It’s a daunting task, I won’t lie. To make it easier, here are 6 questions that will help you decide.
1. What are your options?
Edinburgh offers everything from university and private student halls to shared flats and single-person houses. Take the time to understand how each accommodation type works. Also, make notes of their pros and cons.
2. What do you want?
This is where you make a list of the features you want your future home to have. Prioritise and know what’s important to you; for example, having my own space and living on my own was essential, which meant I would never go for a 2-bed flat. Somebody else might be moving in with a friend so a 2-bed might be the perfect choice for them.
3. What’s your budget?
The simplest and most central of questions. Try to plan ahead and determine how much money you can spend on accommodation. Then reconcile your preferences (Question 2) with an affordable price.
4. Do you have friends/family/third cousins of an old classmate who live in Edinburgh?
People who live in the city are valuable sources of information. They already know a lot about preferable areas to live, tips on signing a contract or paying the rent, and whatever else comes up. Don’t be afraid to talk to them; they’re usually happy to help.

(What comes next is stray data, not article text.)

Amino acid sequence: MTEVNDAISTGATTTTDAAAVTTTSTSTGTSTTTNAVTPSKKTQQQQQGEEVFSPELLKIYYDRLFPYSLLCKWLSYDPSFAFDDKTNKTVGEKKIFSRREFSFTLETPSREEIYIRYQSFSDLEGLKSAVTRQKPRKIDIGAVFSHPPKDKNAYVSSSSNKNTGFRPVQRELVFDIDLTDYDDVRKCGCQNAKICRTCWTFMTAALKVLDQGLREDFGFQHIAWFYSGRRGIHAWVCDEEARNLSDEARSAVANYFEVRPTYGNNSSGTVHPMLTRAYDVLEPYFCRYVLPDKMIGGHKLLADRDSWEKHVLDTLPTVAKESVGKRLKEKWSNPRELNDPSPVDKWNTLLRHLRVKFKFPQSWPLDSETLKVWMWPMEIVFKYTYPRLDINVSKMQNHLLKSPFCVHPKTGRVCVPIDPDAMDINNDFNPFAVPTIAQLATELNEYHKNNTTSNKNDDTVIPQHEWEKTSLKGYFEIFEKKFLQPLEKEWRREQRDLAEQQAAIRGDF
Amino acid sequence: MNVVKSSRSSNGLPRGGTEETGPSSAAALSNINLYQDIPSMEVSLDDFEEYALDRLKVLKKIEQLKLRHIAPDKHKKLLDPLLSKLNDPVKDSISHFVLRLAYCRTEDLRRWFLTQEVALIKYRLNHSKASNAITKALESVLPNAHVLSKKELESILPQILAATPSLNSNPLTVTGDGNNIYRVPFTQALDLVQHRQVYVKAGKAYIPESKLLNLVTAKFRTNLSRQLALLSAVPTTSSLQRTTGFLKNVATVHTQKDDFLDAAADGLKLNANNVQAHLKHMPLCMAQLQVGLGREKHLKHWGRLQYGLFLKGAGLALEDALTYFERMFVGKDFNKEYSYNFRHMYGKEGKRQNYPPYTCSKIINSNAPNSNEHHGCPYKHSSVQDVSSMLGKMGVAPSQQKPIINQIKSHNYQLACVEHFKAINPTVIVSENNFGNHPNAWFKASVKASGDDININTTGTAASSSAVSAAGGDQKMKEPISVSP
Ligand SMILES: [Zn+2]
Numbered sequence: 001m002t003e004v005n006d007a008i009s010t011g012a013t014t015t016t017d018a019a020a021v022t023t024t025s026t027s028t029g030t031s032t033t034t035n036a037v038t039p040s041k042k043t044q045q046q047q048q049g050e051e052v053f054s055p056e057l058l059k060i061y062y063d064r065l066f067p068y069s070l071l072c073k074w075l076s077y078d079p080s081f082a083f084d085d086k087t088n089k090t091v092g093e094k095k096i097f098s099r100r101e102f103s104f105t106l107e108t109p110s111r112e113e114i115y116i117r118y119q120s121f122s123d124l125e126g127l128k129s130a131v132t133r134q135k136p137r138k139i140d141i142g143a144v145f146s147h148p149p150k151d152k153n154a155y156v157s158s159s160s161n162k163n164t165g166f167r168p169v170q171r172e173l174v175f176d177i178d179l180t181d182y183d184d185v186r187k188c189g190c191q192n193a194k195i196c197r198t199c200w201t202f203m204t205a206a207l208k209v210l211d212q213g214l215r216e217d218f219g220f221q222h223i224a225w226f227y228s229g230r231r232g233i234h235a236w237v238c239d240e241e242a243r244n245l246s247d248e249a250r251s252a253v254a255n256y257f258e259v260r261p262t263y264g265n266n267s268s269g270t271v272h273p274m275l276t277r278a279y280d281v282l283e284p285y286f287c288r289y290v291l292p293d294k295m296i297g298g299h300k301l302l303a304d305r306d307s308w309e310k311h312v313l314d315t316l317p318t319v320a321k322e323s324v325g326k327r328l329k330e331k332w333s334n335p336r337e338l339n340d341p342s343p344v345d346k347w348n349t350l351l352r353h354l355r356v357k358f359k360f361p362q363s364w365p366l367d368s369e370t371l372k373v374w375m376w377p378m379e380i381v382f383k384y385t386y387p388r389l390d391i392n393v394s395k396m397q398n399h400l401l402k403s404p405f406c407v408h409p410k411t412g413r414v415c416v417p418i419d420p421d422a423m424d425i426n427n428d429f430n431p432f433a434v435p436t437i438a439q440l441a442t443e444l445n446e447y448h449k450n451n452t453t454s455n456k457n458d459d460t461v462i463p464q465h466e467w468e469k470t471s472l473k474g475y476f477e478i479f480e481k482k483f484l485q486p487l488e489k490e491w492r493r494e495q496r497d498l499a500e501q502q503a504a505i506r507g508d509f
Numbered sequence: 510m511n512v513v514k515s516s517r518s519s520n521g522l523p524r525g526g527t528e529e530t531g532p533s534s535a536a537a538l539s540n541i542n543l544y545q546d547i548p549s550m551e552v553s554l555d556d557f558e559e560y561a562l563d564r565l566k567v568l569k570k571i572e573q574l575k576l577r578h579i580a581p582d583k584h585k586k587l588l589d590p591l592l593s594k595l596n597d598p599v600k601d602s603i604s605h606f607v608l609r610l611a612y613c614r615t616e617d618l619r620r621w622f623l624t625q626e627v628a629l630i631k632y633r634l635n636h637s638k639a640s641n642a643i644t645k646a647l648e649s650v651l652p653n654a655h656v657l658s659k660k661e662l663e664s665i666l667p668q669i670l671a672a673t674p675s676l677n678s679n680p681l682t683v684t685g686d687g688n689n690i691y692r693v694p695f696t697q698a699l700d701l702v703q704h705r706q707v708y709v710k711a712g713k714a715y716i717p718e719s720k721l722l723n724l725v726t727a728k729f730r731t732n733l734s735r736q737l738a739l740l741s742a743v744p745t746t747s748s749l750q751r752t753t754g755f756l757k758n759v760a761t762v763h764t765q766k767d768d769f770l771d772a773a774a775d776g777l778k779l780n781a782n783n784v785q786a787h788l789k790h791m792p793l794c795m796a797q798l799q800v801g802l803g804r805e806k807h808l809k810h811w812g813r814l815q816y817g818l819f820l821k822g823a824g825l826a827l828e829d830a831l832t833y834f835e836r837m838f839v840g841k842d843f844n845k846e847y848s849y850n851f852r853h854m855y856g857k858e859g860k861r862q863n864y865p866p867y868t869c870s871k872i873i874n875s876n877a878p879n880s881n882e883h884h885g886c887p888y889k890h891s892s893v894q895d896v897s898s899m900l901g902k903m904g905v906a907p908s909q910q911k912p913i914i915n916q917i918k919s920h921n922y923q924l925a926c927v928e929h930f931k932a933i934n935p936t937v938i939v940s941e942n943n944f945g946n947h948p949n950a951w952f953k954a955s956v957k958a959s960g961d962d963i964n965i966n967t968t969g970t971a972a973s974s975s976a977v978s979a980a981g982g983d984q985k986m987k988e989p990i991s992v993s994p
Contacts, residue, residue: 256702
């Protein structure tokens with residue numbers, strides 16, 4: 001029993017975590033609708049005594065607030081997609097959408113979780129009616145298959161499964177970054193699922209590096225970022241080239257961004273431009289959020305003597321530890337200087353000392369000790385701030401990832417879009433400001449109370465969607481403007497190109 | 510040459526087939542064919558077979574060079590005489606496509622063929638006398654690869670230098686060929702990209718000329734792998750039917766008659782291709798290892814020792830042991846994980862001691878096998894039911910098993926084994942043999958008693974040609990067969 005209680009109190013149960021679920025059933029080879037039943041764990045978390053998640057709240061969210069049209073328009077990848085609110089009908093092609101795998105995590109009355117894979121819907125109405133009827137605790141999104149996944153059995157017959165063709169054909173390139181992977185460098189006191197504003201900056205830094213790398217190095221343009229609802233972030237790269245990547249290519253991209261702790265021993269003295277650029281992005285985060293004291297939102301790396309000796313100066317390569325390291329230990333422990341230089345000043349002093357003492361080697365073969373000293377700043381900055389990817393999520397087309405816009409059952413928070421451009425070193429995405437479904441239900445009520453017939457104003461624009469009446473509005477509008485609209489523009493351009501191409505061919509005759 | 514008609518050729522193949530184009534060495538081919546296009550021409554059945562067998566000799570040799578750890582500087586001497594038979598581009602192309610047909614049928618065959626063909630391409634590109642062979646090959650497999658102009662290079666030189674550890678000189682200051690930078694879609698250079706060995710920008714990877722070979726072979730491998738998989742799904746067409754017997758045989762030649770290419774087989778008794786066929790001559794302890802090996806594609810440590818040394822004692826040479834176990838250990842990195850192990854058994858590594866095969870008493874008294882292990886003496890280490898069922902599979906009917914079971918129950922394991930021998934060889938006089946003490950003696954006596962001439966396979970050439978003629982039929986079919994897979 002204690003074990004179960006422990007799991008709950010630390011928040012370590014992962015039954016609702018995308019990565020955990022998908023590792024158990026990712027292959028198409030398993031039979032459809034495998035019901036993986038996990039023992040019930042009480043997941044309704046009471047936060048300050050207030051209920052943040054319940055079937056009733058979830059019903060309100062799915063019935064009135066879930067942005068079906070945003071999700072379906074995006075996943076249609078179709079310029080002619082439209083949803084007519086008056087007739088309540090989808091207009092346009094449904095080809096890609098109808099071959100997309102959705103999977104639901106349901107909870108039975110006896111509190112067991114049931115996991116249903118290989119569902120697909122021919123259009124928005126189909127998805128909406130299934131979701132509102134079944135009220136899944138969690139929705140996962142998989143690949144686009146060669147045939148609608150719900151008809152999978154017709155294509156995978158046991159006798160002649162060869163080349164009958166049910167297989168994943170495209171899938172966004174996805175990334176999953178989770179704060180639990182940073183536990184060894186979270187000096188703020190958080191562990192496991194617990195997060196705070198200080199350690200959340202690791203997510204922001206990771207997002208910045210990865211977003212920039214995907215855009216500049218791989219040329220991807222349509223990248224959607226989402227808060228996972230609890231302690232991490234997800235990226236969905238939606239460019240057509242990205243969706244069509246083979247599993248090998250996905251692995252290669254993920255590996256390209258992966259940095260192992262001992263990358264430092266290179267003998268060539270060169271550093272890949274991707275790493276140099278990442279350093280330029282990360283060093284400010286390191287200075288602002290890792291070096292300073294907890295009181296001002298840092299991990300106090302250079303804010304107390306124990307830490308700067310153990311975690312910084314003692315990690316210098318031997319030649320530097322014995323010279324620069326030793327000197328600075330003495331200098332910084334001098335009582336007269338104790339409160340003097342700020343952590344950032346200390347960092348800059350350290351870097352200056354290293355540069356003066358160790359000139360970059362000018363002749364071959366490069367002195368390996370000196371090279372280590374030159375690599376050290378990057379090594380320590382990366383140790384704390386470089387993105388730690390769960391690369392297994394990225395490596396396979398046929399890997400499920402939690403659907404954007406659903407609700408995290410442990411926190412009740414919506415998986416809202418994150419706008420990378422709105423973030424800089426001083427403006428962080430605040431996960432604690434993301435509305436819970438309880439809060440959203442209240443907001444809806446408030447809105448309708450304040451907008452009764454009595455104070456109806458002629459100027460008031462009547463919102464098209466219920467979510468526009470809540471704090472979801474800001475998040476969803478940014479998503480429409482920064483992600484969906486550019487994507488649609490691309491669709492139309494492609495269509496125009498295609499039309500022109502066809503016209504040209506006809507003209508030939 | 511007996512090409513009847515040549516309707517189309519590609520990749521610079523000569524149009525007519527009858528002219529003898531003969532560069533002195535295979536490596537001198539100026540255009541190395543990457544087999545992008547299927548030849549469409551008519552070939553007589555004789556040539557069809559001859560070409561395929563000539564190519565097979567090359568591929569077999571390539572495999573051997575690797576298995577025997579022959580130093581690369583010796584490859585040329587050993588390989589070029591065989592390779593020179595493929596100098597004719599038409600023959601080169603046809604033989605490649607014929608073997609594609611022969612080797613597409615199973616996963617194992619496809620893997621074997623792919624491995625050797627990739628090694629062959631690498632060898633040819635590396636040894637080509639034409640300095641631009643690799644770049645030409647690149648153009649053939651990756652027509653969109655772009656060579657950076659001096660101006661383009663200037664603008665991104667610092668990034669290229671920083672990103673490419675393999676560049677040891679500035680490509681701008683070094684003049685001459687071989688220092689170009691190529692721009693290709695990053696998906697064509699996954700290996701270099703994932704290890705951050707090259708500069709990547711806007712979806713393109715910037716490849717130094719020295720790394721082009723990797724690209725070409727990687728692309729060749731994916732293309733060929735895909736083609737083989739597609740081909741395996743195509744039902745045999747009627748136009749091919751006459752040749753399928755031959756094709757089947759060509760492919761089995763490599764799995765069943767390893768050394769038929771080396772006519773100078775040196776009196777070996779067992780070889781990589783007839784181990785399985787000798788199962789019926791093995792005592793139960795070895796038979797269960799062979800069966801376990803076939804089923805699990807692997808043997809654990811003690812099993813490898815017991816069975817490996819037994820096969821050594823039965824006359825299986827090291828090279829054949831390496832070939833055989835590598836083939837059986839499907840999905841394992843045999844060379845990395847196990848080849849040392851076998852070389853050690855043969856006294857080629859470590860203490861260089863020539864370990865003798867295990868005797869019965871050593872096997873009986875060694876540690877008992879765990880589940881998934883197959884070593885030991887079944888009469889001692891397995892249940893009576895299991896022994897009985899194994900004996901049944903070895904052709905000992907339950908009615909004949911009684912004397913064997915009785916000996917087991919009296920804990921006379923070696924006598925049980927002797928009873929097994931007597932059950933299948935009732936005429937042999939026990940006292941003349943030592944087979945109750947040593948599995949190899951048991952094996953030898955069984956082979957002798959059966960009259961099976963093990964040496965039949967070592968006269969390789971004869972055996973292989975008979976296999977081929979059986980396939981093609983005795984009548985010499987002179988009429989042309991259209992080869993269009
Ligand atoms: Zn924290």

5. How about a pre-arrival trip?
The most useful piece of advice I got was that you should check the place out for yourself first. That’s especially true if renting in the private sector. Meet the owners face-to-face, make sure everything listed online is accurate, etc. It’s worth taking a little pre-arrival trip to visit halls or flats. If you don’t have the money to come early, you can still rent a room in a B&B or hostel for your first few days. This will give you the chance to check out likely accommodation candidates before making your final decision.
6. (I’m not even going to ask…well, okay) Do you have Internet access?
If none of the options above works for you, you can still do all your research online. Just make sure to verify the authenticity of private landlords before signing a contract or sending any money. University accommodation is obviously a much safer option. Plus, it often lets you pay in more instalments than private accommodation.
Extra Tip: The university and student association have multiple resources on accommodation, so it’s the best place to start.